When the sun comes out there is nothing Lolly and I like better than heading to the beach. If you live in London or Greater London as we do, the beach usually means Brighton. We like Brighton, we got married there but the beach itself isn’t all that, it’s made of pebbles, if the suns out it’s rammed, getting into town is a slow process and it’s easier to solve a rubiks cube on acid than it is to find somewhere to park. You can however go by train, it’s very well connected and the town is a cool place to be, we didn’t want to be in the town, we wanted a beach.
I can’t quite remember when it was we discovered “our” beach as we like to call it, I suspect it was Lolly’s doing as I never bother looking these things up but it’s our go to spot for sand, a few drinks and a bbq, the beach itself is called Greatstone and it’s not far from Dymchurch in Kent, I like to call Dymchurch grim church because in my eyes it’s pretty grim.
There are many nice things about Greatstone beach, parking is easy and not massively expensive, it’s never that busy and it’s a proper sand beach with dunes which is where we usually head to as the beach itself is always a little bit windy, the dunes give you a bit of shelter, there is also well maintained toilets and an off-licence / general store that sells all sorts, we bought beer, biscuits and a mallet. Generally when we are there the sea is about a mile out so we often ditch paddling and just eat, drink and people watch, with that in mind, we cracked open some booze and got the Cobb BBQ on the go.
Believe it or not that is actually on the go, the cobb doesn’t look like it’s doing anything but the reality is there is some lovely harrisa chicken cooking there and it’s a good job the cobb has a lid, it was windy and near enough everything we took to the beach got covered in sand except the chicken.
While we were cooking I took a quick panorama with my phone so you can get an idea of what the beach looks like and how busy it isn’t.
The chicken was lovely as was the bean salad Lauren made, we munched, we drank and once i’d reached my limit of what I could have and be within the legal limits to drive, I convinced Lauren we should stay the night wild camping style so I could drink more booze, I love my wife, she agreed and said drink as much as you like!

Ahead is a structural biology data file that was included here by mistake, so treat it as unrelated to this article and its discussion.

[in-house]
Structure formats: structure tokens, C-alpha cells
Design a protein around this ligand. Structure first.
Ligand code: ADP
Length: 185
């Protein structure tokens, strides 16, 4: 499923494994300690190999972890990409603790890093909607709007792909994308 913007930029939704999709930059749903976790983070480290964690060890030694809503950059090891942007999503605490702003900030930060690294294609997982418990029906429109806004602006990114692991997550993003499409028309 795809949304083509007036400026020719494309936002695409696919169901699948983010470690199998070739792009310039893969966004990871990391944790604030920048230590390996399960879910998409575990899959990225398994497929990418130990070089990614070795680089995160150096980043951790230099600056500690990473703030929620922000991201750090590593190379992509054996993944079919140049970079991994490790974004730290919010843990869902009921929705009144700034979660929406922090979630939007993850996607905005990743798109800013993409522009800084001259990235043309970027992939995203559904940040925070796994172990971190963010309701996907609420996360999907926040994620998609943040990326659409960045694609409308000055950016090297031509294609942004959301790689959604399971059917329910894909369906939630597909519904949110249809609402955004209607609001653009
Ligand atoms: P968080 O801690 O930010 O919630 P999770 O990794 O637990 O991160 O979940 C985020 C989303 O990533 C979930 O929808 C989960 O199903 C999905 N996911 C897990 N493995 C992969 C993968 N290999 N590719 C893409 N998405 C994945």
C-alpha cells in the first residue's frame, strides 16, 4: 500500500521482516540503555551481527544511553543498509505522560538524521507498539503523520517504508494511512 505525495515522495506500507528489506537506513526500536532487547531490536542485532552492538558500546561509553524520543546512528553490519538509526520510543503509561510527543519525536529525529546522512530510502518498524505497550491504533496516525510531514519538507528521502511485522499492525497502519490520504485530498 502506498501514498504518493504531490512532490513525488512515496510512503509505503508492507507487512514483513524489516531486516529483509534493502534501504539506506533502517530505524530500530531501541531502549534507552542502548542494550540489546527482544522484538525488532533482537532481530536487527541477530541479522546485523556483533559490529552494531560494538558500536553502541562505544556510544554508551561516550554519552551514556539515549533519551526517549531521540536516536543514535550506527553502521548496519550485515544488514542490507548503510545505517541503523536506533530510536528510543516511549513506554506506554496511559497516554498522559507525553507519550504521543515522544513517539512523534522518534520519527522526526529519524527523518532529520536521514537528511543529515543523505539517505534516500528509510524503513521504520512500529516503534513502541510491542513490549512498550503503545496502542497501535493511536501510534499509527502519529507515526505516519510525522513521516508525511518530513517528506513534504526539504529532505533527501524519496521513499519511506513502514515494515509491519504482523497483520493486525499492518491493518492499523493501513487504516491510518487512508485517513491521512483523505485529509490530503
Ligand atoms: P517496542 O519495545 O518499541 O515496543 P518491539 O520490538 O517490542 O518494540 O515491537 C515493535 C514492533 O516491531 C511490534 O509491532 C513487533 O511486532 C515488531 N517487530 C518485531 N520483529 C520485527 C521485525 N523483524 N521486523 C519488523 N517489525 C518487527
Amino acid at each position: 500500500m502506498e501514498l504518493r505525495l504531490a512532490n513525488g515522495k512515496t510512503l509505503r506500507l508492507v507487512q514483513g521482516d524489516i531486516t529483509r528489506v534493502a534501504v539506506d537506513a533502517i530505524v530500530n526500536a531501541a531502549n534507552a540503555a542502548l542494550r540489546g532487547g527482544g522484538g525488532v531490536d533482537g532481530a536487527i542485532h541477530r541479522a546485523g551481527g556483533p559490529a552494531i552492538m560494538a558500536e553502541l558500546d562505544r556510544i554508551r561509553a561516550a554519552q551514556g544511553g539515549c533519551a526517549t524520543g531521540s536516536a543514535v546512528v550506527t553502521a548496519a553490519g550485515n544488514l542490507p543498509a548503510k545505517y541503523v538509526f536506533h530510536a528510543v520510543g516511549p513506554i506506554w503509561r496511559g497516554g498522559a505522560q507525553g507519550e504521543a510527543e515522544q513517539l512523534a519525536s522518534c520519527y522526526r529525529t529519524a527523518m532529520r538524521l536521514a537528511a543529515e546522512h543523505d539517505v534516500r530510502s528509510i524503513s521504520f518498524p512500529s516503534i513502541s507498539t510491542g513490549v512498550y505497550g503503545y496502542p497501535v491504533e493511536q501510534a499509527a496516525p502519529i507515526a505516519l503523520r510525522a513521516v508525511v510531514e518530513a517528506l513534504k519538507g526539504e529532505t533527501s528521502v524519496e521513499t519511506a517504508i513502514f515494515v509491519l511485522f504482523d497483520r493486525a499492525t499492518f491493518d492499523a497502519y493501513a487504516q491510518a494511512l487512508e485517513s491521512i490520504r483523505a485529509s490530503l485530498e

We’d brought our bikes along as we’d discussed earlier about maybe going for a bike ride. I’d had a good few beers and thought riding on the road probably wasn’t the best idea so I championed the idea of riding across the compact sand, Lauren wasn’t convinced especially as she would have to carry her bike across the loose sand to get to the compacted bit, I think she agreed in the end just to shut me up, we took everything back to the van, grabbed the bike and headed off along the sand.
I’ll be the first to admit it wasn’t quite as easy as i’d thought but it wasn’t too hard either, it was really nice riding on the beach and the further away we got from the van the closer the tide came in, as the beach turned to shingle which made riding almost impossible and the sea was right beside us we got off and went for a paddle.
We had agreed that we would ride to the headland, as this was now not possible via the beach we carried the bikes up on to the road and continued to follow the coast road eventually arriving at a nice pub called The Pilot Inn. The pub was heaving with diners and drinkers, we had now left Greatstone and were in Dungeness, we stopped for a drink and surveyed our surroundings, we spotted a light house and decided to take a look, a helpful sign said it was one mile away.
This is were we discovered our new favourite place, Dungeness Nature Reserve, it’s not your typical nature reserve on the basis that it’s made mostly of shingle but it’s a truly remarkable place. The maddest thing of all is there is a nuclear power station and dotted all around the area are little plaques with details of what to do should the plant go tits up. There are also the most quirky and unique properties, some made out of old train carriages, some that look like run down fishing huts and others that wouldn’t look out of place on George Clarkes amazing spaces, there are also a couple of lighthouses, one of which drew us there in the first place.
That one doesn’t emit a light but there is one round the corner that does, the first one was built in 1904 and was replaced by the second one in 1961 becasue when they built the power station it obstructed the original lighthouse beacon, I learnt that from another blog written by a T4 owner wild camping in Dungeness!
As I mentioned earlier, i’d had too much drink to drive home and we had planned to stay in the car park by the beach, the nature reserve however looked like a much better option, there were a few motorhomes parked up so we rode back, grabbed the van and parked up for the night next to another T4 and watched the sun go down.
It should also be noted that we were parked quite near the power station which looked really nice when the sun went down and it was all lit up although the picture below doesn’t really demonstrate this!
I drank the last of my beers, Lauren had a decaf tea and we got our heads down for the night, more wild camping!
We didn’t bother putting the thermal blinds up so we were woken when the sun came up as our van was flooded with daylight, Lauren did her best to rouse me so I could observe the beautiful sunrise but I wasn’t really up for opening my eyes for a little while yet.
I eventually got up about 7, we made some tea, put the bed away and headed off back to Croydon, i’d really like to go back there again, it was a cool place to stay and there is a load more to explore and photograph, i’ll bring my DSLR next time!